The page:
Answer: "Because I am." Quickest post ever. Where's the publish button?
OK, I keed, I keed, but in all seriousness, unless you are a Kansas alum or have a kid (perhaps twins) playing for Bill Self right now, you should join me tomorrow night in rooting for Richmond's "other" upstart Cinderella Sweet 16 team in the NCAA bracket, the Richmond Spiders. That's right, I used quotes around "other," because even though you have heard roughly 3,000,000 million times this week that the city of Richmond has as many Sweet 16 teams as the Big East, the focus has been mainly on Richmond's Colonial Athletic Association neighbor, the Virginia Commonwealth Rams. (I'm one of the guilty parties)
Well, time to turn the spotlight on the Spiders. Here's a little secret - I've got a bit of a mancrush on these guys. It started as I was writing up recaps during this year's Atlantic 10 Tournament, as Richmond took home the 2011 crown to avenge a crushing loss to Temple in the 2010 Atlantic 10 championship game. Simply put, I enjoyed watching Richmond play, with a crisp, fluid offense and just that cliched "look of a team." I guess you could say I'm a sucker for the Princeton offense, but even standout senior guard Kevin Anderson will tell you what the Spiders run is not quite that:
"I don't think we run the traditional Princeton offense. There's a lot of different things that we do," said Anderson, a senior guard. "We run a lot of ball screens within that Princeton offense. The guys that are on the court are so talented that the Princeton offense, it's just really a name. But it helps us out, gets us moving, gives us an extra advantage over different teams. I mean, that takes difficulty in trying to guard a fast-paced offense like the Princeton offense."
Before I gush about Anderson and his resilient teammates, how about some love for the guy who brought that offense to Richmond with him: Princeton grad Chris Mooney? Much like crosstown coaching compatriot Shaka Smart, Mooney is one of the college games' up-and-coming coaches, with his name attached to every major conference job out there. Mooney struggled in his first two years at Richmond, winning but 21 total games. But since the eight wins and 21 losses of the 2006/07 season, his Richmond teams have increased their win totals each year, in the process increasing his CQ rating (a coach Q rating I just made up) exponentially. One more reason to love the guy: perhaps the biggest regular season win in school history just happened to be over Kansas, back in January of 2004 AT Phog Allen Field House.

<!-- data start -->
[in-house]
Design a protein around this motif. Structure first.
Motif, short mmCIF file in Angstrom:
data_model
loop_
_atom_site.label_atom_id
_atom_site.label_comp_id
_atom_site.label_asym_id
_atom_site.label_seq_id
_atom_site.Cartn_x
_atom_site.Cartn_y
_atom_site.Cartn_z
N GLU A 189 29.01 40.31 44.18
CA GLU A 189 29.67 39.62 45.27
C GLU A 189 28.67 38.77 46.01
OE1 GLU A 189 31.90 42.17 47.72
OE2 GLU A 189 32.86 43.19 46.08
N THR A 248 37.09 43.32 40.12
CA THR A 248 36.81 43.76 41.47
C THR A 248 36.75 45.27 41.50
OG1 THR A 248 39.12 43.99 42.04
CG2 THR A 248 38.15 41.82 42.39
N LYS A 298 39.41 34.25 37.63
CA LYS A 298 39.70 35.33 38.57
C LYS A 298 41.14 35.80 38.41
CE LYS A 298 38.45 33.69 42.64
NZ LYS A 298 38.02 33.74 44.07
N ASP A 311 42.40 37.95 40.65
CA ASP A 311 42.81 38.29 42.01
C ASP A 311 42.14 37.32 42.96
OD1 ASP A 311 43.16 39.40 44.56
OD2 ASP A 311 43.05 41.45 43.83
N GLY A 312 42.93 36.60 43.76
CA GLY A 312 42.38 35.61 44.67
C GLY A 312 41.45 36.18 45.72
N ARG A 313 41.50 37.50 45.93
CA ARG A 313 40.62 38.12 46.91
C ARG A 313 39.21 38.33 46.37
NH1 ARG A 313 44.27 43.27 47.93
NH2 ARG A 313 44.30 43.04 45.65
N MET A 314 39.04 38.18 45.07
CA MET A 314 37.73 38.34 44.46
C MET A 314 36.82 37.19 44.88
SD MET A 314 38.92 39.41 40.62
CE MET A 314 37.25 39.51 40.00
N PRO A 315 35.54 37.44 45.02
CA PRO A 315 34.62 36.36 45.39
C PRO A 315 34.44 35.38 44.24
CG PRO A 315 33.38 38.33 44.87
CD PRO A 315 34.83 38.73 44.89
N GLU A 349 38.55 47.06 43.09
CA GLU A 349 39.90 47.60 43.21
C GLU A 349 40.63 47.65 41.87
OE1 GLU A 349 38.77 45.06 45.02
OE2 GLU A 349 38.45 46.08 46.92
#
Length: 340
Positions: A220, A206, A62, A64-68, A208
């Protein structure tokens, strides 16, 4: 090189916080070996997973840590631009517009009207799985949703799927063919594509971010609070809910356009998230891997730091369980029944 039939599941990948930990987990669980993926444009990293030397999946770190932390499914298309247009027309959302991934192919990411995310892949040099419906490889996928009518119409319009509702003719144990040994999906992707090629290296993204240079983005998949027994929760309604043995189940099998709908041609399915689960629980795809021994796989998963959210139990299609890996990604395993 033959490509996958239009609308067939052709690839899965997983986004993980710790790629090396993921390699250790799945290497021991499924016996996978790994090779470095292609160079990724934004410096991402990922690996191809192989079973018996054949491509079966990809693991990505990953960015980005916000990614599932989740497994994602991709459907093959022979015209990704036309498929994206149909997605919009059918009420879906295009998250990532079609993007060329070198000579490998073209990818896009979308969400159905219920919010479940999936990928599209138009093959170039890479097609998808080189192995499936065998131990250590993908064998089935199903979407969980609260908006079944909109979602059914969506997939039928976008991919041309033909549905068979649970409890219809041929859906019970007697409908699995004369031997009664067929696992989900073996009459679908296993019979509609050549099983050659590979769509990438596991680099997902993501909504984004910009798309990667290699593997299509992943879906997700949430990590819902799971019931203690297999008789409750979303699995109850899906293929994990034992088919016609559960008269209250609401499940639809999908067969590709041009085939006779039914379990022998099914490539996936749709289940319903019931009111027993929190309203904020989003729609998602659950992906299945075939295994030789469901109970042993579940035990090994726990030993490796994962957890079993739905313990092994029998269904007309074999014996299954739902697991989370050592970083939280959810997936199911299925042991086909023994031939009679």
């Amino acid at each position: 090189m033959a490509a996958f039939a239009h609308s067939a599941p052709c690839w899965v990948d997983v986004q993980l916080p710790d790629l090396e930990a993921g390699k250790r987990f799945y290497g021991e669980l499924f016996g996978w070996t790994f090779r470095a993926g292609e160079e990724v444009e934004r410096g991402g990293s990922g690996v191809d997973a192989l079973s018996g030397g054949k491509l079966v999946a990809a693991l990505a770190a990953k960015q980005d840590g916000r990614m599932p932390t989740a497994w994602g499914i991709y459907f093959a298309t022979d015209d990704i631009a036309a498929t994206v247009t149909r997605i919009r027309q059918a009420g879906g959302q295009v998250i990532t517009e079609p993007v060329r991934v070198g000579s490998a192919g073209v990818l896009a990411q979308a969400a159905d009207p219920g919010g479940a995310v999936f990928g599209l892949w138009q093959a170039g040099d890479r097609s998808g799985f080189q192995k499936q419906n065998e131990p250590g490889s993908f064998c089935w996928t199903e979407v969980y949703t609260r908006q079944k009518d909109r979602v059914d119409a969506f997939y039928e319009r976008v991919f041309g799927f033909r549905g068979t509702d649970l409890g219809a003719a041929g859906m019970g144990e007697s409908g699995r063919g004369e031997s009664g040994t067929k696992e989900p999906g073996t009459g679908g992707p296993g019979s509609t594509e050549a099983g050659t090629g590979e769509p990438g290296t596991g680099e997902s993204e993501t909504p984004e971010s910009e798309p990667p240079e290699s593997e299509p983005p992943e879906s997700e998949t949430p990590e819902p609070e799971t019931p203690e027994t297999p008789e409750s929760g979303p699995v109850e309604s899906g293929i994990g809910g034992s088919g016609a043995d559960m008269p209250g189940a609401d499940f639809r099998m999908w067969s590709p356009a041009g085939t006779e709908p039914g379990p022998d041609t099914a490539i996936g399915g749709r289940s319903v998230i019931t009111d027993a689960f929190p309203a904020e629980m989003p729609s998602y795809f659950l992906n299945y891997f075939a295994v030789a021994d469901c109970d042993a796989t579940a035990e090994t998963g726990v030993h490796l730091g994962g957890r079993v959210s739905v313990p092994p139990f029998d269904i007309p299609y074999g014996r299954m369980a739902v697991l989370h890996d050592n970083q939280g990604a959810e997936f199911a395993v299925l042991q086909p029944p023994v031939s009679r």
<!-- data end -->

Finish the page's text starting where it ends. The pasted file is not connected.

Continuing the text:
So what has Coach Mooney done this week in preparation for his team's Sweet 16 matchup with the Jayhawks? Shown his team file of that epic Spiders win, of course:
"We thought it would be important for them to see that this can happen," Mooney said. "This is college basketball, we all know what happens over the course of a season and especially March. And I just wanted them to have a familiar feeling of beating Kansas."
Enough with all the coach love, you say? OK, how about some love for fifth-year senior Dan Geriot, the only guy on this year's club who actually suffered through that 8-22 season five years ago (courtesy of a torn ACL/redshirt season in 08-09). You might remember Geriot as the guy Bill Raftery instantly fell in love with during Richmond's first- and second-round games, remarking that the Richmond big man will be a tavern league baller for years to come when his collegiate days were over. I co-sign on any guy Raftery loves.
Richmond's two star players are seniors who have grown up under the steady tutelage of Mooney, just as the overall program has begun to return to the heights of the Dick Tarrant-era Spiders. The inside-out combination of Anderson (17 points per game, three assists per game, 43 percent three-point shooter) and Richmond native Justin Harper (18 points per game, seven rebounds per game, 54 percent field goal shooter) lead a balanced offensive attack that ranks in the Top 50 nationally in both assists per game and field goal percentage. Heck, the offensive efficiency of the Spiders in the tournament was even touched up a few days ago in this very space. Richmond works hard to score easy buckets, and doesn't give the ball up. A pretty healthy combination.
Now, as you've noticed, at no point in time did we discuss the actual match-up with Kansas above. And frankly, I see no reason to do so - we've been bombarded all week with Dr. Jack-style breakdowns of this game, and my new found love for the Richmond Spiders wont be sullied by facts and/or reality (reality being the bruising Morris twins). Richmond has been called "giant killers" in the past (just ask Charles Barkley ... or anyone even remotely associated with Syracuse basketball). I see no reason why they can't keep up that school tradition by taking down the Jayhawks Friday evening in San Antonio, perhaps leaving themselves just one last win away from a shocking berth in 2011 NCAA Final Four.